Poor Reasons to Deny Visitation or Custody Rights
You Typically Can’t Deny Visitation Rights Unilaterally
The divorce rate in the United States as of 2016 was 3.2 per every 1,000 people. Generally speaking, the state of New Jersey wants both parents to have a role in their child’s life after a divorce. Therefore, you may be required to share your child with the noncustodial parent even if you don’t want to.
Lifestyle Choices Don’t Invalidate Custody or Visitation Orders
You may not approve of the person your former spouse is dating or where your ex chooses to live. However, the mere fact that your child’s other parent is in a new relationship isn’t enough to deny custody or visitation rights. You also can’t decide to interfere with your child’s relationship with his or her other parent because you don’t like that person’s new home or apartment.
However, if you have worries about how your ex’s lifestyle could impact your child, it may be possible to bring them to your former spouse’s attention. Some legitimate concerns could include:
- Potentially exposing your child to sexual material
- Exposing your child to drug use or other illicit activities
- Asking a child to live in a home that may be too small
If your spouse chooses not to address these concerns to your satisfaction, it may be possible to take a dispute to court. At that time, a judge may be able to review your claim and determine if an existing order should be modified.
You Can’t Deny ParentalContact Because an Existing Plan Is Inconvenient
It is important to remember that a visitation or custody arrangement is meant to serve the best interest of your child. Therefore, you will generally be required to honor the terms of an existing parenting plan even if it may be difficult at times. However, you may want to talk to a Bergen County divorce attorney if your former spouse decides to relocate.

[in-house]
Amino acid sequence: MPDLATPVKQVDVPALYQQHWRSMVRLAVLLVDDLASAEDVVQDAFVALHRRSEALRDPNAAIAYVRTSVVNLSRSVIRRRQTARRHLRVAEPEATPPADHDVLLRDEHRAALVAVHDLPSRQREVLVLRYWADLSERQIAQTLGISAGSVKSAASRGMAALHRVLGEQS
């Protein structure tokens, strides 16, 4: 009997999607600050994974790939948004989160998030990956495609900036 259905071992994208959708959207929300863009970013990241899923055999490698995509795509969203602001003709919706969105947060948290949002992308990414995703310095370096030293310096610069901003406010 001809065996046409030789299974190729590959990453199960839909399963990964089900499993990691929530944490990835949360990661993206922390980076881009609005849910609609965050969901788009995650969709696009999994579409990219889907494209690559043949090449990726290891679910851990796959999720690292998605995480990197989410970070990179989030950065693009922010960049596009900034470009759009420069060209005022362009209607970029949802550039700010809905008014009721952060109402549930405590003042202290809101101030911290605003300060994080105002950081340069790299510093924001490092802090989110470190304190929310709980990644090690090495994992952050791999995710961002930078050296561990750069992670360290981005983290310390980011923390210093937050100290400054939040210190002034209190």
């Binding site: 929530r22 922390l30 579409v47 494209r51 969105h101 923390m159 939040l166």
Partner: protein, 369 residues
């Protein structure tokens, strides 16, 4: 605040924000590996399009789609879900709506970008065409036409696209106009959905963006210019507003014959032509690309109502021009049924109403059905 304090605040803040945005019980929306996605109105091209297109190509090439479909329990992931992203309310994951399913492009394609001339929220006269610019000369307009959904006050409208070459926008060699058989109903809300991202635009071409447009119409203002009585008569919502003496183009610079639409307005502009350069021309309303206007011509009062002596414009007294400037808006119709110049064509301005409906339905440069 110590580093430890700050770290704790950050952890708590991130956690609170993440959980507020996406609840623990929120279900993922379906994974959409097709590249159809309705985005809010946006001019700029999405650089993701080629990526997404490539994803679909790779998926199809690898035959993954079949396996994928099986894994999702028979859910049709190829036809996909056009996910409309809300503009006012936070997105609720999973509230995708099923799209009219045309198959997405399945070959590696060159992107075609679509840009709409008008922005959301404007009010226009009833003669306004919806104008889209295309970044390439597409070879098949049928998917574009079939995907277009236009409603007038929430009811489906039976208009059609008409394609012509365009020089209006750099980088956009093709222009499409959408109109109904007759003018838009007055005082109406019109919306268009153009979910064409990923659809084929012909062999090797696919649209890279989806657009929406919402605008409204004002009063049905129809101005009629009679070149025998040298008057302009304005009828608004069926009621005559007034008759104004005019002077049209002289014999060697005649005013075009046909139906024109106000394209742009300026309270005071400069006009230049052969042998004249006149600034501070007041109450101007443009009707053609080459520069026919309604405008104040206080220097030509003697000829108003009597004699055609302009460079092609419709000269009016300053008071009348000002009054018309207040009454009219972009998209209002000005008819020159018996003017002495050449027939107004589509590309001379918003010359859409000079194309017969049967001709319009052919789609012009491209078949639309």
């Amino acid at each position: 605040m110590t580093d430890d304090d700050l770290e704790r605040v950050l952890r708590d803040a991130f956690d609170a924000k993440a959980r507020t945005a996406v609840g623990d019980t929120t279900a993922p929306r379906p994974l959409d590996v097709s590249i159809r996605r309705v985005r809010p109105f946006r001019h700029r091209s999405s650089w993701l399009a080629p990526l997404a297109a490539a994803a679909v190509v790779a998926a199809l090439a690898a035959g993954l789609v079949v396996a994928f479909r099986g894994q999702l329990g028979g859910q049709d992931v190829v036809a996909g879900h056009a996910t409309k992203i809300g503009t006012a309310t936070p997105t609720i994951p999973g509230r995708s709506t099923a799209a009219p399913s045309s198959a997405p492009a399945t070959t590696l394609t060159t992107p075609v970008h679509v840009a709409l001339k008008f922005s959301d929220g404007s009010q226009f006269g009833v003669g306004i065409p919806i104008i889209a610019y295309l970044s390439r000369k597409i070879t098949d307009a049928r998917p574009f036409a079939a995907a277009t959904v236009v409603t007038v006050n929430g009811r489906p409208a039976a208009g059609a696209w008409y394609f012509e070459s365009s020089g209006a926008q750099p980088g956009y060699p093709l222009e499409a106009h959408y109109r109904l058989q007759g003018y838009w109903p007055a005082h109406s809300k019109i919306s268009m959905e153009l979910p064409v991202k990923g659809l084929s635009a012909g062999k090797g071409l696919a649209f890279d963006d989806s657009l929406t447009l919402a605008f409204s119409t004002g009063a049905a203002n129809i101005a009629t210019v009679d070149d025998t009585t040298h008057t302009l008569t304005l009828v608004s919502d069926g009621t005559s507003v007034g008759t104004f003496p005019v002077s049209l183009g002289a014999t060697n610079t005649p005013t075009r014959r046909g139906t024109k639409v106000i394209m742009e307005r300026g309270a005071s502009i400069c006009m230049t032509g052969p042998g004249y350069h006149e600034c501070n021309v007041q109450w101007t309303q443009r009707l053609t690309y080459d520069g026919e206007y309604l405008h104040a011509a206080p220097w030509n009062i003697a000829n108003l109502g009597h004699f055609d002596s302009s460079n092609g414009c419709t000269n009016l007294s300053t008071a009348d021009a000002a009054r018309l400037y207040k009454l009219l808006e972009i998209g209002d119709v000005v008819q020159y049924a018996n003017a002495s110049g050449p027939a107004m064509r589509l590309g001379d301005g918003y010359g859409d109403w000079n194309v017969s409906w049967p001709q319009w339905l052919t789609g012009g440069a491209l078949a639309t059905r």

A parent’s relocation may be a valid reason to explore changing the terms of a parenting plan or custody agreement. A judge would look at several factors when deciding to modify an order, such as:
- Where the parent is moving
- Why the relocation is taking place
- If keeping the order intact preserves the child’s best interest
Generally speaking, if a parent moves to another state, it would likely be unreasonable to allow a current order to stand. A Bergen County divorce attorney may be able to help you get a visitation or a custody order modified in a proper manner.
You Can’t Keep a Child Away From the Other Parent Out of Spite
It is important that you don’t use your child as a means of hurting your former spouse. In most cases, keeping a child away from a parent only hurts the child, and it can breed resentment in that child toward you. Therefore, it is critical that you don’t allow your emotions to lead you to make decisions that may harm a relationship with your son or daughter for years to come.
Visitation and Child Support Are Separate Issues
In most cases, you can deny a noncustodial parent access to his or her child simply because that person owes child support. Ideally, you will allow the other parent to provide for the child in other ways, such as watching the child while you work. In most cases, a court will not put an end to visitation or other contact with a son or daughter as long as the child isn’t in danger. However, you can still take your former spouse to court to pursue any past-due support that you are owed.
If you are in need of legal help during or after a divorce, contact the Law Office of Kelly Berton Rocco today. You can reach our Hackensack office by calling (201) 343-0078 or by sending a fax to (201) 343-0089. Emails can be sent to firstname.lastname@example.org.